Seventh Circuit reaffirms "worthless services" cases don't state an FCA claim

The Seventh U.S. Circuit Court of Appeals has reaffirmed its view that healthcare services being below appropriate standards does not constitute a claim under the False Claims Act, according to a JDSupra report.

According to the "worthless services" theory, a healthcare provider defrauds Medicare or Medicaid by submitting claims for healthcare services that are of little or no value to the patient. For example, in the case the Seventh Circuit was reviewing, the trial court had upheld the worthless services theory, and instructed the jury "that if the nursing home billed Medicare $200 for services worth only $120, that was a false claim." At the trial court level, the whistle-blowers, who filed the case under the qui tam provision of the False Claims Act, received $29 million, which was later reduced to $9 million.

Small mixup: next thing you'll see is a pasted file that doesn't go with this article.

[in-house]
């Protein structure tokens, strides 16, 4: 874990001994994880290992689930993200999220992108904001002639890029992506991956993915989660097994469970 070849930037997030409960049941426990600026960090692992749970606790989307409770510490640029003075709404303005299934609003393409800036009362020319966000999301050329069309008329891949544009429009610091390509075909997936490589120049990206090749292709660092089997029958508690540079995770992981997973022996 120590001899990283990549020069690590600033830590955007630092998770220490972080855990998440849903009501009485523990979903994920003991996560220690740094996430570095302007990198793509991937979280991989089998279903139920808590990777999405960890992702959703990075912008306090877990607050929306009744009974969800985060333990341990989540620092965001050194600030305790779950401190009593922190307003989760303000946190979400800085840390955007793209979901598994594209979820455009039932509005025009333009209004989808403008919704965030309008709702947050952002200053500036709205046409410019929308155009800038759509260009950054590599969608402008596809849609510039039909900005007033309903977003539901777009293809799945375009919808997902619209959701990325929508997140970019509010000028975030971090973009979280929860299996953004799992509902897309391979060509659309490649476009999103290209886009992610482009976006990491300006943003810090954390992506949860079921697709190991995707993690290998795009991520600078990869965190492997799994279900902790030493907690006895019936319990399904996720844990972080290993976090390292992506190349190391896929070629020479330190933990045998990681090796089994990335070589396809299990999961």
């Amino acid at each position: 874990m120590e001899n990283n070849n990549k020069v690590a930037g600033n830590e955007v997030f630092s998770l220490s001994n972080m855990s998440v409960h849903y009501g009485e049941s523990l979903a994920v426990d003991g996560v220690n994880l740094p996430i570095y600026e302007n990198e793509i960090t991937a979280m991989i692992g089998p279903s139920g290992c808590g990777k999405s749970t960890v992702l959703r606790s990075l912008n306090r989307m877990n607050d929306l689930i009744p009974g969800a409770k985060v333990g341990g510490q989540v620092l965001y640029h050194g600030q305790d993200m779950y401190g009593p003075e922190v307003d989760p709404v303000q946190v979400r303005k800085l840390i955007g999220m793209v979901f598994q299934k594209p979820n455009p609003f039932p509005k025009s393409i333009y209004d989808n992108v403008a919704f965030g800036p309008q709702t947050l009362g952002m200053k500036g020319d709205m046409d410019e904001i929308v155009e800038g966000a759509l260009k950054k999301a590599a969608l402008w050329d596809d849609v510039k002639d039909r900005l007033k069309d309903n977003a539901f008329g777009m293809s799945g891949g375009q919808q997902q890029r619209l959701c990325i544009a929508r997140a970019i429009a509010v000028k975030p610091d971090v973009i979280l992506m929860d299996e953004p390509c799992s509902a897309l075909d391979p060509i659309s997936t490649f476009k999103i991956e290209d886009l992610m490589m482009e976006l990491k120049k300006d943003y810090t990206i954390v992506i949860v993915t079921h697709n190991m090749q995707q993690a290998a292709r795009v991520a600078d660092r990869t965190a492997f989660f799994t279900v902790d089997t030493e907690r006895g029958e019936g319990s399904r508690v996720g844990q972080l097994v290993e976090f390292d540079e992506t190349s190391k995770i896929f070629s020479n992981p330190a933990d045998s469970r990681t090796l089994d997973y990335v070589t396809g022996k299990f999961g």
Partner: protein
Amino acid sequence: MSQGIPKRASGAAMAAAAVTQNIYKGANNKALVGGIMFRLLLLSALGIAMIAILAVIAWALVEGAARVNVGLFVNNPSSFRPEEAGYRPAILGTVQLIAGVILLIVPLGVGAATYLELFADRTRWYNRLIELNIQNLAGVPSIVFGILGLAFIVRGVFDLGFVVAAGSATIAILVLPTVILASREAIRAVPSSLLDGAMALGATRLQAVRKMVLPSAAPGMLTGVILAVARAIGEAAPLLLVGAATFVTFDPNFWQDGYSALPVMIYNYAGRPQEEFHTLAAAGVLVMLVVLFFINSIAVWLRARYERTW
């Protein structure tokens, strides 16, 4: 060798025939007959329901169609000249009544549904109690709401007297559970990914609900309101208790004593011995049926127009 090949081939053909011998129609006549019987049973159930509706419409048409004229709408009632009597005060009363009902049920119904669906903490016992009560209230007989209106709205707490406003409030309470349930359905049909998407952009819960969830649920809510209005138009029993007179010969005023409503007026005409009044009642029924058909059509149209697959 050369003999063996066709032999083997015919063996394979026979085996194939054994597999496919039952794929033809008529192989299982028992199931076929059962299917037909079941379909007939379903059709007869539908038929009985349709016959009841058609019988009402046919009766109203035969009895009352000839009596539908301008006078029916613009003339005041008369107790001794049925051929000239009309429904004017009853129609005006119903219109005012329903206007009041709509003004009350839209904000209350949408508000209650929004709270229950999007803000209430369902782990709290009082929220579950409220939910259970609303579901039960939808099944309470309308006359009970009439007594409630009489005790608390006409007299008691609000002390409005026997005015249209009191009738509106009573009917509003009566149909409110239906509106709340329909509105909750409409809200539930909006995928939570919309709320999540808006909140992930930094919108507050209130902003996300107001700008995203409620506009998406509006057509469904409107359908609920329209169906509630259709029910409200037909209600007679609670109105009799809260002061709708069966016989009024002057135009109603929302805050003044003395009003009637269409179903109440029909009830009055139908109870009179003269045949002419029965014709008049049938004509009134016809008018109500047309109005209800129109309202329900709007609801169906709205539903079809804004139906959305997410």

The nursing home appealed the case to the Seventh Circuit. In August, the appeals court rejected the theory by stating, "Services that are 'worth less' are not worthless," according to the report. 

Last week, the appeals court reaffirmed its decision by denying the whistle-blowers' petition to have the case heard by all judges of the court rather than the panel of judges that originally heard the case.

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